California politicians have been jousting over the state’s chronic housing shortage but now the debate is turning into a political war.
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The long-simmering conflict between state officials and local governments over housing construction — or the lack thereof — escalated this month and may be headed for a showdown at the polls next year.
Citing a stubborn shortage of housing that drives up housing prices and rents, the state has been pressing local governments, particularly cities, to encourage construction through zoning and pro-development policies. To make their point, legislators and governors have enacted new laws aimed at overcoming local not-in-my-backyard resistance to housing projects.
Attorney General Rob Bonta, armed with new authority, has stepped up the pressure by creating a new 12-member Department of Justice task force that will, he said, more strictly enforcing pro-housing laws.
Bonta hinted of more lawsuits against cities that fail to meet state-imposed quotas for zoning land for housing, a strategy that has been used occasionally in the past.
“That’s certainly an area of interest and an area where we can be more involved,” Bonta said during a virtual news conference. “We will be looking at cities to see if they are meeting their obligations under the law.”
Bonta’s announcement drew sharp criticism from the League of California Cities.
“The comments made during the attorney general’s press conference today, demonizing all cities for things they do not control, will not put roofs over the heads of Californians,” the organization’s executive director, Carolyn Coleman, said. “Cities do not build homes, and for years have endured whiplash from the state’s scattershot approach to passing housing laws that are often in direct conflict with each other and counterproductive to our shared goals to increase housing supply.”
More or less simultaneously, the state Department of Housing and Community Development put San Francisco on notice that the city’s recent rejection of two housing projects could run afoul of state law.
It ordered the city to provide “reasoning and evidence” for blocking more than 800 units of housing. Pro-housing groups have complained that cities often use the permitting process to stymie projects, even when they are being proposed for property zoned for housing, and recent law changes are aimed at preventing such arbitrary actions.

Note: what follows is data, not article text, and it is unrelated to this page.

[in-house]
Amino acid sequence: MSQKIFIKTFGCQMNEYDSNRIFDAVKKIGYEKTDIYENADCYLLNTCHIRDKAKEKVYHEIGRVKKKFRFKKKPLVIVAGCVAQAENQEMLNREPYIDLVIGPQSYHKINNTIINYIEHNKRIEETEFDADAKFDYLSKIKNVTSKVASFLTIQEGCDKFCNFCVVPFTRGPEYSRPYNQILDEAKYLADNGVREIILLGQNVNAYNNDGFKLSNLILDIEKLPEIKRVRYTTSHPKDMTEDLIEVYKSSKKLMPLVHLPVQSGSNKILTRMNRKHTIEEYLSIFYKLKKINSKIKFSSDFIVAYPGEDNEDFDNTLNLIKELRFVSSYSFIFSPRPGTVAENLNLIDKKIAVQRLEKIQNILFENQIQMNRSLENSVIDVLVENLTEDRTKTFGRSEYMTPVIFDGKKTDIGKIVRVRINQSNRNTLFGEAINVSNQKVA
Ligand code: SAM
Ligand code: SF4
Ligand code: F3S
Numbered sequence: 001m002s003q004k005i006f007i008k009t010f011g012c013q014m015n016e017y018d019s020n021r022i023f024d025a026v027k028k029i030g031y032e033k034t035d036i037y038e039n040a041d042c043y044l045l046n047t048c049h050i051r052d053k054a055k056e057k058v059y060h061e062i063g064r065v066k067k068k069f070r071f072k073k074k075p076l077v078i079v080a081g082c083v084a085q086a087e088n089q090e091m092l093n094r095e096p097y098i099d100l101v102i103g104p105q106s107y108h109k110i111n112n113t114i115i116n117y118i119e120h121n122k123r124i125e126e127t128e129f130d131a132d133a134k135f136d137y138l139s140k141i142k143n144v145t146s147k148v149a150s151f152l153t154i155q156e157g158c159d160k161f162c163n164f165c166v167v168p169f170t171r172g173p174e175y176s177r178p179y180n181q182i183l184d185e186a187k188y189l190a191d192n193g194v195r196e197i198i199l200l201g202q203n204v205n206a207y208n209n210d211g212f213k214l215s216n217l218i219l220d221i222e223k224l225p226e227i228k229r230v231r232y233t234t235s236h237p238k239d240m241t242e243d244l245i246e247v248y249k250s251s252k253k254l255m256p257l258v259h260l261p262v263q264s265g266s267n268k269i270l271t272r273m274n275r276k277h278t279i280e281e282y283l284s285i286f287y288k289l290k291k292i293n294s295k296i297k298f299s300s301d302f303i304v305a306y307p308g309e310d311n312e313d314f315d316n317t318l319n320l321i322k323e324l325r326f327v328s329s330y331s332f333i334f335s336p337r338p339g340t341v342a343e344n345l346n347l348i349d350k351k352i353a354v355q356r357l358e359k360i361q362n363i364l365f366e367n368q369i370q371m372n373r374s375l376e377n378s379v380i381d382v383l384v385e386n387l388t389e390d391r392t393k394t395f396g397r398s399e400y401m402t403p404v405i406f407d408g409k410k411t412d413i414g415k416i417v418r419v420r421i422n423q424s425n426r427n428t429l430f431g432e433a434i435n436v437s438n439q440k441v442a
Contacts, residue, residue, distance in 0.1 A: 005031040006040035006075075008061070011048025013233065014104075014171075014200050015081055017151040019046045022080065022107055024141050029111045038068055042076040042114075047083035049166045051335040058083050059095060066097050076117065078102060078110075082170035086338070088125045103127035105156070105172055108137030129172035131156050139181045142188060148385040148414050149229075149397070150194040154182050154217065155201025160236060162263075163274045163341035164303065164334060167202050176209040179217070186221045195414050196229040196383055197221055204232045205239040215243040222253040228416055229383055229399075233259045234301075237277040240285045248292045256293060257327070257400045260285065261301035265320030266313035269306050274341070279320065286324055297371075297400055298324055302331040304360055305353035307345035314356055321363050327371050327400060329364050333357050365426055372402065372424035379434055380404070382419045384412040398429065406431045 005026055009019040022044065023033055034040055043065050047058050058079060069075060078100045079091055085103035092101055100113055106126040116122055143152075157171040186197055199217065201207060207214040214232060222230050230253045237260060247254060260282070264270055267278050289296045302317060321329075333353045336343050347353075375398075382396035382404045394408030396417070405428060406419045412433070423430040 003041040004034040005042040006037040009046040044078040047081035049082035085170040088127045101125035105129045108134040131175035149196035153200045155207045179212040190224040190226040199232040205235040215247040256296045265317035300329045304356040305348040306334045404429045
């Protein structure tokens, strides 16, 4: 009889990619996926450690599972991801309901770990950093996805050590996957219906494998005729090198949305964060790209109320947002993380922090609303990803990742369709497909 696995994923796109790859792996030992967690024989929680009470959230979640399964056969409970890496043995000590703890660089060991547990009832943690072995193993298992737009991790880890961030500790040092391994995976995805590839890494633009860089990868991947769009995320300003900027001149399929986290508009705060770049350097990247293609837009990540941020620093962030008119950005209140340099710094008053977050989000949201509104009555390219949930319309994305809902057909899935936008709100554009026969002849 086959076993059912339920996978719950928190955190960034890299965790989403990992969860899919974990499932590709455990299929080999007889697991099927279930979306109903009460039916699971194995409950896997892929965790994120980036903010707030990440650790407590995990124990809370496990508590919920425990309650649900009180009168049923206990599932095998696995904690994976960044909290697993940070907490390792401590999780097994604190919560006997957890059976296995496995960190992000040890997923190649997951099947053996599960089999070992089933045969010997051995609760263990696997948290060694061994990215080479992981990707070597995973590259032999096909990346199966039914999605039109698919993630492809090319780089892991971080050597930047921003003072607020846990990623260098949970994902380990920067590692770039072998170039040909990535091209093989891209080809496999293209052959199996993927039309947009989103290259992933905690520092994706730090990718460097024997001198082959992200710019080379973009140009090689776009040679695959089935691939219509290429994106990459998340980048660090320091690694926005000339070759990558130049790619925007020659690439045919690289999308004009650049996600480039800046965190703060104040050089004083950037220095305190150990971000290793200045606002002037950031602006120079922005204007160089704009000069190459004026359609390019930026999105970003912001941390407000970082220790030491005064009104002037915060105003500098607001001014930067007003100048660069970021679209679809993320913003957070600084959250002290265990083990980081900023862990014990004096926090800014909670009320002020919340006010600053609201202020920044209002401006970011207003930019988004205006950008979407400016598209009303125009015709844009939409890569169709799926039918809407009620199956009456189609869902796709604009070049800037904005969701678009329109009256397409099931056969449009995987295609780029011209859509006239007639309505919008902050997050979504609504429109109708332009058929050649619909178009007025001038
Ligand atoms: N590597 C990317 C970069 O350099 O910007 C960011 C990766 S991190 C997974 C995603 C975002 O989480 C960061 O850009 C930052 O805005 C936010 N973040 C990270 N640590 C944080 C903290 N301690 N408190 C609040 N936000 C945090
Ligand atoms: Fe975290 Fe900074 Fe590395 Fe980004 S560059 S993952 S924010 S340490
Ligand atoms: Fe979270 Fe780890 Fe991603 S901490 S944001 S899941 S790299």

Meanwhile, the state’s pressure on local officials to sanction more housing could be tested with a ballot measure next year.
Angered by passage of two new state laws that open up more land for multi-family projects, Senate Bill 9 and Senate Bill 10, some city officials are proposing an initiative measure that essentially would bar the state from overriding local land use laws.
The proponents have formed a new organization, Our Neighborhood Voices, to promote the initiative with “major funding from AIDS Healthcare Foundation.” It is a Los Angeles-based organization that has promoted pro-rent control and anti-development measures in the past and whose president, Michael Weinstein, has become a polarizing figure in California’s perennial housing debate.
Our Neighborhood Voices contends that the two laws essentially strip local officials and residents of their ability to shape the ambience of neighborhoods and allow developers to do whatever they want to do without local input.
“Voters strongly oppose the new state laws that strip our ability to speak out about what is happening literally right next door to our homes,” said Bill Brand, mayor of Redondo Beach, as the organization released a poll that found strong support for the proposed ballot measure.
On multiple fronts, therefore, California’s skirmishing over control of housing development is escalating into all-out political war as state officials increase pressure on local officials and they try to erect a legal wall to protect their traditional land use authority.